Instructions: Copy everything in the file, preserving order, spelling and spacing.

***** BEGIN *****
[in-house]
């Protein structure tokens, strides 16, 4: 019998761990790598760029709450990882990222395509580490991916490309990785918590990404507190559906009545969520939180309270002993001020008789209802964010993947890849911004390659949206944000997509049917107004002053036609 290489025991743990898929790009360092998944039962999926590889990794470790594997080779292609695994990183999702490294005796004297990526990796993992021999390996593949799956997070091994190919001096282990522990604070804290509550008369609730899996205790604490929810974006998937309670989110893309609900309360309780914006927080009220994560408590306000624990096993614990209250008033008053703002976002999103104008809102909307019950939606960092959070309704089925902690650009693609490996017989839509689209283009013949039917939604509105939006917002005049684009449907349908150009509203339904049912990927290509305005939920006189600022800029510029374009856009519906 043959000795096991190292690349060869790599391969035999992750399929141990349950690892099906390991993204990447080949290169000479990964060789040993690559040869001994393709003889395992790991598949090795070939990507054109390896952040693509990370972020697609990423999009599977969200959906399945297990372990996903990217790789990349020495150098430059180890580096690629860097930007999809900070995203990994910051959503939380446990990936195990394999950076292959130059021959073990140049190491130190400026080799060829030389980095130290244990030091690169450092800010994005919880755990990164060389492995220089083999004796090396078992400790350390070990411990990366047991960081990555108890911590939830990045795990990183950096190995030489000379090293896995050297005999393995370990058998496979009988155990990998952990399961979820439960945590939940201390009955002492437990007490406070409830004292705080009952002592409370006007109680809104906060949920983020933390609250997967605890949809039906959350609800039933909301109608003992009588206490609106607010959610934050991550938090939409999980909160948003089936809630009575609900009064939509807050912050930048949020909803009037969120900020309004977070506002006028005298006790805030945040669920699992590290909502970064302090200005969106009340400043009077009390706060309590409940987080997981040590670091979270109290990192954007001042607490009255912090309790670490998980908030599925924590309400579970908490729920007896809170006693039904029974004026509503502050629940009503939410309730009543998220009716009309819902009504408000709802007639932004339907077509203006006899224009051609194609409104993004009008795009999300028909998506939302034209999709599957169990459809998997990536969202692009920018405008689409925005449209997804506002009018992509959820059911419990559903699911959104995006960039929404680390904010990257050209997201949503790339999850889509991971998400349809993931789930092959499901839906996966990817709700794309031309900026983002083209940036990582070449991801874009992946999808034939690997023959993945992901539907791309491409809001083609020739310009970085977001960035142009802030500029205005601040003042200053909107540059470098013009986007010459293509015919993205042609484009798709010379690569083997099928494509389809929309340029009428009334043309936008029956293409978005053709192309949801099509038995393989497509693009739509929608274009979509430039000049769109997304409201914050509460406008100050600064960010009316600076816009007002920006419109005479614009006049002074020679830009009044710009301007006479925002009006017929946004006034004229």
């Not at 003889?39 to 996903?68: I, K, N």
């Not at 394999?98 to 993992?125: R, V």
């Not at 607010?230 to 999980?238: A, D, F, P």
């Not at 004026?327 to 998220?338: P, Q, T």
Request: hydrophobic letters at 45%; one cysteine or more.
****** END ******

[in-house]
């Protein structure tokens, strides 16, 4: 019998761990790598760029709450990882990222395509580490991916490309990785918590990404507190559906009545969520939180309270002993001020008789209802964010993947890849911004390659949206944000997509049917107004002053036609 290489025991743990898929790009360092998944039962999926590889990794470790594997080779292609695994990183999702490294005796004297990526990796993992021999390996593949799956997070091994190919001096282990522990604070804290509550008369609730899996205790604490929810974006998937309670989110893309609900309360309780914006927080009220994560408590306000624990096993614990209250008033008053703002976002999103104008809102909307019950939606960092959070309704089925902690650009693609490996017989839509689209283009013949039917939604509105939006917002005049684009449907349908150009509203339904049912990927290509305005939920006189600022800029510029374009856009519906 043959000795096991190292690349060869790599391969035999992750399929141990349950690892099906390991993204990447080949290169000479990964060789040993690559040869001994393709003889395992790991598949090795070939990507054109390896952040693509990370972020697609990423999009599977969200959906399945297990372990996903990217790789990349020495150098430059180890580096690629860097930007999809900070995203990994910051959503939380446990990936195990394999950076292959130059021959073990140049190491130190400026080799060829030389980095130290244990030091690169450092800010994005919880755990990164060389492995220089083999004796090396078992400790350390070990411990990366047991960081990555108890911590939830990045795990990183950096190995030489000379090293896995050297005999393995370990058998496979009988155990990998952990399961979820439960945590939940201390009955002492437990007490406070409830004292705080009952002592409370006007109680809104906060949920983020933390609250997967605890949809039906959350609800039933909301109608003992009588206490609106607010959610934050991550938090939409999980909160948003089936809630009575609900009064939509807050912050930048949020909803009037969120900020309004977070506002006028005298006790805030945040669920699992590290909502970064302090200005969106009340400043009077009390706060309590409940987080997981040590670091979270109290990192954007001042607490009255912090309790670490998980908030599925924590309400579970908490729920007896809170006693039904029974004026509503502050629940009503939410309730009543998220009716009309819902009504408000709802007639932004339907077509203006006899224009051609194609409104993004009008795009999300028909998506939302034209999709599957169990459809998997990536969202692009920018405008689409925005449209997804506002009018992509959820059911419990559903699911959104995006960039929404680390904010990257050209997201949503790339999850889509991971998400349809993931789930092959499901839906996966990817709700794309031309900026983002083209940036990582070449991801874009992946999808034939690997023959993945992901539907791309491409809001083609020739310009970085977001960035142009802030500029205005601040003042200053909107540059470098013009986007010459293509015919993205042609484009798709010379690569083997099928494509389809929309340029009428009334043309936008029956293409978005053709192309949801099509038995393989497509693009739509929608274009979509430039000049769109997304409201914050509460406008100050600064960010009316600076816009007002920006419109005479614009006049002074020679830009009044710009301007006479925002009006017929946004006034004229």
């Not at 003889?39 to 996903?68: I, K, N």
């Not at 394999?98 to 993992?125: R, V």
């Not at 607010?230 to 999980?238: A, D, F, P």
């Not at 004026?327 to 998220?338: P, Q, T």
Request: hydrophobic letters at 45%; one cysteine or more.